No Benefit from Niacin in Seniors with Coronary Artery Disease

A study from Johns Hopkins has found that "routine prescription of extended-release niacin, a B vitamin (1,500 milligrams daily), in combination with traditional cholesterol-lowering therapy offers no extra benefit in correcting arterial narrowing and diminishing plaque buildup in seniors who already have coronary artery disease."

A study from Johns Hopkins has found that “routine prescription of extended-release niacin, a B vitamin (1,500 milligrams daily), in combination with traditional cholesterol-lowering therapy offers no extra benefit in correcting arterial narrowing and diminishing plaque buildup in seniors who already have coronary artery disease.”

According to a press release from Johns Hopkins, investigators used carotid MRI scans (at baseline and again every six months) to measure the reduction in plaque buildup in 145 men and women (all age 65 years or older) with existing atherosclerosis and one or more pre-existing cardiovascular health issues.

Follow up revealed that “after 18 months of drug therapy, reductions in arterial wall thickness were measurably no different between the half who took dual niacin-statin therapy and the rest who remained on statin therapy alone.” Patients treated with statins and niacin had an average plaque reduction of 5.4 cubic millimeter per month; patients treated with statins alone had an average reduction of 4 cubic millimeters per month.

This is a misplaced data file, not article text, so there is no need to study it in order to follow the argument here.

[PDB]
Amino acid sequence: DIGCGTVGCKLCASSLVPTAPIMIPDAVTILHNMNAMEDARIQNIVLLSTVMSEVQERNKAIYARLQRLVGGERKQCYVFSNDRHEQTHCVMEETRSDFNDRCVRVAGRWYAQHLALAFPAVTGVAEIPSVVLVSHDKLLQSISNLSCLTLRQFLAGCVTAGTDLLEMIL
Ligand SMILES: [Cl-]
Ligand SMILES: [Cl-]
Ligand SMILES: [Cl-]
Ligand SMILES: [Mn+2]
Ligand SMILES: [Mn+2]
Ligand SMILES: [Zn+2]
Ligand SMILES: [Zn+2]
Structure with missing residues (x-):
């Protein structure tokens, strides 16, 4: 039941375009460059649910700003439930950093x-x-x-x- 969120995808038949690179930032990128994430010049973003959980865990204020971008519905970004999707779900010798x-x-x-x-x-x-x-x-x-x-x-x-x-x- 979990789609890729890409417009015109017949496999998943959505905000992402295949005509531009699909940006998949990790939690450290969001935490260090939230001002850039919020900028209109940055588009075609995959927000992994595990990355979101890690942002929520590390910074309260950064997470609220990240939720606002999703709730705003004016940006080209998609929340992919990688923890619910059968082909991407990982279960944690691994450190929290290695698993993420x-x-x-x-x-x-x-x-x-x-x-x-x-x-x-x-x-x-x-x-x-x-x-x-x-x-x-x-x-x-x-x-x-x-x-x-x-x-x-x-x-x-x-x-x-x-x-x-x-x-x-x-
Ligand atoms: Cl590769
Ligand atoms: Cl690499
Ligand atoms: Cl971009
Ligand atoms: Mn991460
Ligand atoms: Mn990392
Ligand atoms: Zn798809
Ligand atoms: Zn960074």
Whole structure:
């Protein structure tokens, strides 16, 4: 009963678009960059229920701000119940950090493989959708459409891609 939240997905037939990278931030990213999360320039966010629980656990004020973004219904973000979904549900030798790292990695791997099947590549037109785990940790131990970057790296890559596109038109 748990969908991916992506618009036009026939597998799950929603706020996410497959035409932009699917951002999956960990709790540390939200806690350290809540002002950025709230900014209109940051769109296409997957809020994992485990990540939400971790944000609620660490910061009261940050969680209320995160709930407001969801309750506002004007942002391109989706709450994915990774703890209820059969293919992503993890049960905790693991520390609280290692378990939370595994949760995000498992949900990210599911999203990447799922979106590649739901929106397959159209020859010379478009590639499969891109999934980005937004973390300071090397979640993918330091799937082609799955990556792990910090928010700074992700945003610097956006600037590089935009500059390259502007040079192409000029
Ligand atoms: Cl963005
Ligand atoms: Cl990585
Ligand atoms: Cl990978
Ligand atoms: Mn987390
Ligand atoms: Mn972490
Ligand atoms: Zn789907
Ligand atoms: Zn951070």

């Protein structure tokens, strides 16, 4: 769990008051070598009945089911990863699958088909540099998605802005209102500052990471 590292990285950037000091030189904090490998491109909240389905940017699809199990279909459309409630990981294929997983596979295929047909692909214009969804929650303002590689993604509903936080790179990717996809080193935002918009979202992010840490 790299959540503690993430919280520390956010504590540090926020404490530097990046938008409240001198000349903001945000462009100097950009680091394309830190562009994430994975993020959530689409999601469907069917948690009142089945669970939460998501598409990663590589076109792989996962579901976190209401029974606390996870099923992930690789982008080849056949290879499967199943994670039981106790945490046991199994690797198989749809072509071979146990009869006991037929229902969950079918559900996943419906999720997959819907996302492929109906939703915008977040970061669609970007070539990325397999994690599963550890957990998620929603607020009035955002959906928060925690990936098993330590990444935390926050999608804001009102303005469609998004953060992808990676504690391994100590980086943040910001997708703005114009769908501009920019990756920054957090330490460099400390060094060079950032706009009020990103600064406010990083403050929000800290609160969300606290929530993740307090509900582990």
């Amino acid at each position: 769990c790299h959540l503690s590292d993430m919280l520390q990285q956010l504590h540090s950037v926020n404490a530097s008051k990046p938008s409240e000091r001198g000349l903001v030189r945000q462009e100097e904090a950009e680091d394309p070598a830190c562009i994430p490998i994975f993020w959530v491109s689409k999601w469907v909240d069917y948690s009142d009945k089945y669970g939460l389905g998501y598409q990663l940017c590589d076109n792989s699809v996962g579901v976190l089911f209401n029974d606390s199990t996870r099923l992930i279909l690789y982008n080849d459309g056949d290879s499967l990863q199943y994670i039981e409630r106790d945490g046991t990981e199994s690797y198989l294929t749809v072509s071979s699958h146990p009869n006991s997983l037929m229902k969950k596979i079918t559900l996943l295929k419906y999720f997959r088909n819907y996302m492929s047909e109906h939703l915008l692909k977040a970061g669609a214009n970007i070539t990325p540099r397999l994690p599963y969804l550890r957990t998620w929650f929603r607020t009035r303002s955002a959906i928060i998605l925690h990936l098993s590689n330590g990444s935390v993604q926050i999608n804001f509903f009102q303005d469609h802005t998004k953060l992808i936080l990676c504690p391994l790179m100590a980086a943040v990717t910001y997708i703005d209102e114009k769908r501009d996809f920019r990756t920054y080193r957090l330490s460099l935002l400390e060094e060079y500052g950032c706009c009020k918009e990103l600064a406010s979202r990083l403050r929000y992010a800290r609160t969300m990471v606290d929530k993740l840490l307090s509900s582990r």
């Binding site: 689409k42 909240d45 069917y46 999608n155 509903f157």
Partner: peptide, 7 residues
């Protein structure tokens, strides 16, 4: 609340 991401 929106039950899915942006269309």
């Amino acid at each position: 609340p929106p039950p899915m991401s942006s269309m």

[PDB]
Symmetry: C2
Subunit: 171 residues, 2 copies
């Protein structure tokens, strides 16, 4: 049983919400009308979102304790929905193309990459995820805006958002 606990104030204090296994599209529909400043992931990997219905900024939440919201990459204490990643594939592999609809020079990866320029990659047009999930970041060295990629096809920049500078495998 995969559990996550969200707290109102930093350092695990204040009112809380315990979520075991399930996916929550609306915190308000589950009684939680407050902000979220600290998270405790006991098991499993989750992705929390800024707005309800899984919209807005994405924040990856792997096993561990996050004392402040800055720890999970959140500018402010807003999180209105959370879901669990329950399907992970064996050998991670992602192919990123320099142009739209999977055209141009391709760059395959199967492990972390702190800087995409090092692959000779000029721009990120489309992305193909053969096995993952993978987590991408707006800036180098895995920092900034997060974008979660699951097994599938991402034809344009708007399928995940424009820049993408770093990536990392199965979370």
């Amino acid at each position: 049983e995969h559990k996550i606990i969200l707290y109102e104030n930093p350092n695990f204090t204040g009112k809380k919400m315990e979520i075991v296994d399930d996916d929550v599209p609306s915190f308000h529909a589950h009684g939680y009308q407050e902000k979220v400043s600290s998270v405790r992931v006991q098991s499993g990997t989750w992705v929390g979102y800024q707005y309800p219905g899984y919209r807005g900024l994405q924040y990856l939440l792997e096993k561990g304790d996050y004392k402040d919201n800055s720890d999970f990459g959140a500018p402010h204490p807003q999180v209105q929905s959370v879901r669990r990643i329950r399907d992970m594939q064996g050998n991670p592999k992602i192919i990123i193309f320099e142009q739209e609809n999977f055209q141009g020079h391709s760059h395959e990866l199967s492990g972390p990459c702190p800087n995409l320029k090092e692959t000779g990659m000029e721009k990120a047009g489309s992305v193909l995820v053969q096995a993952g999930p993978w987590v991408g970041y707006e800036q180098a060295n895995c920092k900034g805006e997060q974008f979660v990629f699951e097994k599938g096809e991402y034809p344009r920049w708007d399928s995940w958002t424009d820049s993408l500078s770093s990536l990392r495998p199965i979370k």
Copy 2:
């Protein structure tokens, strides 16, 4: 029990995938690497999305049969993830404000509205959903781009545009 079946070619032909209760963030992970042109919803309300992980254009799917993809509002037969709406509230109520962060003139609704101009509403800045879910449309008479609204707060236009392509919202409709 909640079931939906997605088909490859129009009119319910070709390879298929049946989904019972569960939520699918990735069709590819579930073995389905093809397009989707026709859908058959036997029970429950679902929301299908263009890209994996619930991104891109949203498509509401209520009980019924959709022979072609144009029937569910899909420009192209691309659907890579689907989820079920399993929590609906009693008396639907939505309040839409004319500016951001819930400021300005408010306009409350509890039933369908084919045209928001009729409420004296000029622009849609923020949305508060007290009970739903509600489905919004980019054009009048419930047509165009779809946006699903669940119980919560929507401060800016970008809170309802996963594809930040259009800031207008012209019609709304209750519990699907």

The study results did indicate one bit of positive news: LDL levels fell 5% more and HDL levels increased 14% more in patients treated with statins and niacin compared to patients who received only statins.

Joao Lima, MD, senior study investigator and a cardiologist at Johns Hopkins, said that these findings “tell us that improved cholesterol levels from taking combination vitamin B niacin and statin therapy do not necessarily translate into observable benefits in reversing and stalling carotid artery disease.” However, this does not mean that “niacin therapy may not have other cardiovascular benefits, but any such benefits are independent of reducing the amount of plaque buildup and patients should be aware of that,” said Lima.

Based on these findings, the researchers’ recommendation to physicians is that “current national treatment guidelines, which recommend mainly statin therapy tailored to the severity of atherosclerosis for preventing arteries from reclogging and narrowing, appear to be sufficient and accurate for physicians and patients to follow,” said Lima.

The team presented its findings at the recently concluded the American Heart Association’s (AHA) annual Scientific Sessions in Orlando.